New year dawns for local Maori
Puanga is a special time of year for Puna Te Aroha Wharehoka.
Wharehoka, of Parihaka, said it was about "harvesting, growing food and helping people out".
Puanga is a constellation that marks the Maori new year for Taranaki tribes. It is also a time of giving thanks to ancestors and preparing the soil for next year's harvest.
Wharehoka said the festival brings people back to the pa, where she grew up.
The day-long festival on Saturday started with a working bee at Parihaka's community garden.
Visitors were encouraged to roll up their sleeves and help till the soil.
A group of people were already hard at work raking, planting and shovelling when the Taranaki Daily News arrived at the site.
This is the third year the festival has been held at Parihaka and Wharehoka hopes to see more and more people attending each year.
She said Parihaka was very different when she was a young girl, with a lot more families now settling in the area.
"When growing up, I had my brothers, sisters and the pa kids. But now, every single house has kids and we have our little gatherings."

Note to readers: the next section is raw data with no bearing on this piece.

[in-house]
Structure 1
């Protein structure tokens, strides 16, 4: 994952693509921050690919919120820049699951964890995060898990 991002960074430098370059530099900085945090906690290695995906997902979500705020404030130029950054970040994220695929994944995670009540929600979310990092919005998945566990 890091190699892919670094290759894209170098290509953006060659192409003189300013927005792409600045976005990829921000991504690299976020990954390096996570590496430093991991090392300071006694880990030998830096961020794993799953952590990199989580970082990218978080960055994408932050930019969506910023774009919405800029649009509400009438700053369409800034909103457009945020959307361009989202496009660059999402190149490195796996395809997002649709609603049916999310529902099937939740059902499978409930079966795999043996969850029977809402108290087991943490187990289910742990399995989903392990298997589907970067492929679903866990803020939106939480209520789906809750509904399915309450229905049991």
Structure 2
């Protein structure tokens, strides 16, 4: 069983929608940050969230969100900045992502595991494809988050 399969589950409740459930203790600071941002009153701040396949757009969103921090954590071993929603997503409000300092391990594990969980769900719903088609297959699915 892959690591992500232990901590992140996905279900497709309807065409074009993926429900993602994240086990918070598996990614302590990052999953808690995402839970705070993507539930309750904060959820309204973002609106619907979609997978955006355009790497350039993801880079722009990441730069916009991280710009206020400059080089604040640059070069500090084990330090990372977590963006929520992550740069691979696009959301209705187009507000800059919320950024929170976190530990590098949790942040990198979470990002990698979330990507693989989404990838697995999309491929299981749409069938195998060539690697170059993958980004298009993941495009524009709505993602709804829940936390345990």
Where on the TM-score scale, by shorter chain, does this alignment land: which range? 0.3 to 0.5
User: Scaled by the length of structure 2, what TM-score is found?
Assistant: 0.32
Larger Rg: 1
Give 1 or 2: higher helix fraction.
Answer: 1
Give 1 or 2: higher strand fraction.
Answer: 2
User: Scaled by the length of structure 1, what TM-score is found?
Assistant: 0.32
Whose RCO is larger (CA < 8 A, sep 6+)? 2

For Justine Francis, of Okato, it was her first experience of Puanga at Parihaka.
"Parihaka had always been on my mind as a place I need to visit because of its history," she said.
Amanda Kisby heads back to Parihaka at least once a month.
"For the kids, this is their homestead," Kisby said.
"Their uncles and aunties grew up here and their nana lives here on the pa."
Kisby said it was important for her children to learn the "lifestyle of the pa".
"It keeps them grounded. It's the grass roots of basic living and teaches them tikanga, such as the values of hard work, looking after people."
Saturday's events included a workshop on traditional tangihanga (funeral rites) methods, movies and documentaries, traditional Maori games and live music.
Taranaki Daily News